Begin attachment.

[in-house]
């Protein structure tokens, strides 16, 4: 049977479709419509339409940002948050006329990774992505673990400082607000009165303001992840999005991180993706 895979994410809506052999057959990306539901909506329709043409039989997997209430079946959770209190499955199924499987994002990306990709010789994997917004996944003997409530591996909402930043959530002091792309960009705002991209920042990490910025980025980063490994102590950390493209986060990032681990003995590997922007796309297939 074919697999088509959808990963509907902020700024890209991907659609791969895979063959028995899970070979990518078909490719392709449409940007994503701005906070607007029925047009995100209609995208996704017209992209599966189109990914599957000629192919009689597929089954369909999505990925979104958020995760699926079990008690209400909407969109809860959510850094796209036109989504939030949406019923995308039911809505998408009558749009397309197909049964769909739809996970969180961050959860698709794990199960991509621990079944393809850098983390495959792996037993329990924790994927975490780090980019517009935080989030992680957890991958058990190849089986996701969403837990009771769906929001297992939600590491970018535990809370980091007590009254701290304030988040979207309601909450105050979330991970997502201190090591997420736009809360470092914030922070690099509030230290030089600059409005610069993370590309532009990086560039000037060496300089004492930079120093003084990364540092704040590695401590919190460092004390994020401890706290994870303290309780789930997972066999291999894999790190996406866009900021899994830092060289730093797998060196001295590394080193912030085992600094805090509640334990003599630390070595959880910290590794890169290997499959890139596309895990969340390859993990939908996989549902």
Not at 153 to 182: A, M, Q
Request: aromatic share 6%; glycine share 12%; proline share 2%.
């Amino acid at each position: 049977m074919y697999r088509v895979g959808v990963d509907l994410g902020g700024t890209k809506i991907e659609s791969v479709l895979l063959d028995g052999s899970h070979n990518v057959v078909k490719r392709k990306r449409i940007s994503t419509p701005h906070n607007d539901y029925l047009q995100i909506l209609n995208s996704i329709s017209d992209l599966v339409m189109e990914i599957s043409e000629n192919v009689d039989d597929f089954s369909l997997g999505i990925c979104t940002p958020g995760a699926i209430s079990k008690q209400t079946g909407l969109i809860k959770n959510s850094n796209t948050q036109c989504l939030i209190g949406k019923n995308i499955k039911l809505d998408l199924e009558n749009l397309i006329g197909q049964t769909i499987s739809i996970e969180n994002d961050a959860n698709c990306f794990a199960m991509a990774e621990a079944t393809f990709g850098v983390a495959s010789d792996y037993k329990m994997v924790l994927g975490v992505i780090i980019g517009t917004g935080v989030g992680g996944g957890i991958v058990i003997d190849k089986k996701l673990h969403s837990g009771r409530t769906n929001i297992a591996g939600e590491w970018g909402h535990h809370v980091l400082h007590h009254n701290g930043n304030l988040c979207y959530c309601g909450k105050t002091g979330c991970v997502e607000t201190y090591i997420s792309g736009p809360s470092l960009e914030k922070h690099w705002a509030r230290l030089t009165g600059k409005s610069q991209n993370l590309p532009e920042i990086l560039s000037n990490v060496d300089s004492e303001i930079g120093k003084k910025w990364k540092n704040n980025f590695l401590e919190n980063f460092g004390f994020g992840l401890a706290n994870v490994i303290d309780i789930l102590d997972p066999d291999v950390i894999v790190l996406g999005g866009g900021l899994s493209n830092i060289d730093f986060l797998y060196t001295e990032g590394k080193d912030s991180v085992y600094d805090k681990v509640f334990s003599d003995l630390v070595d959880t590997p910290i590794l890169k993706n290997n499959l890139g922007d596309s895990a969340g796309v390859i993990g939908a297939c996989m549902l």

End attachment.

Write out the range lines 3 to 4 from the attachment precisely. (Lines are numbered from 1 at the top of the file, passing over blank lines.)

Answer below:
Not at 153 to 182: A, M, Q
Request: aromatic share 6%; glycine share 12%; proline share 2%.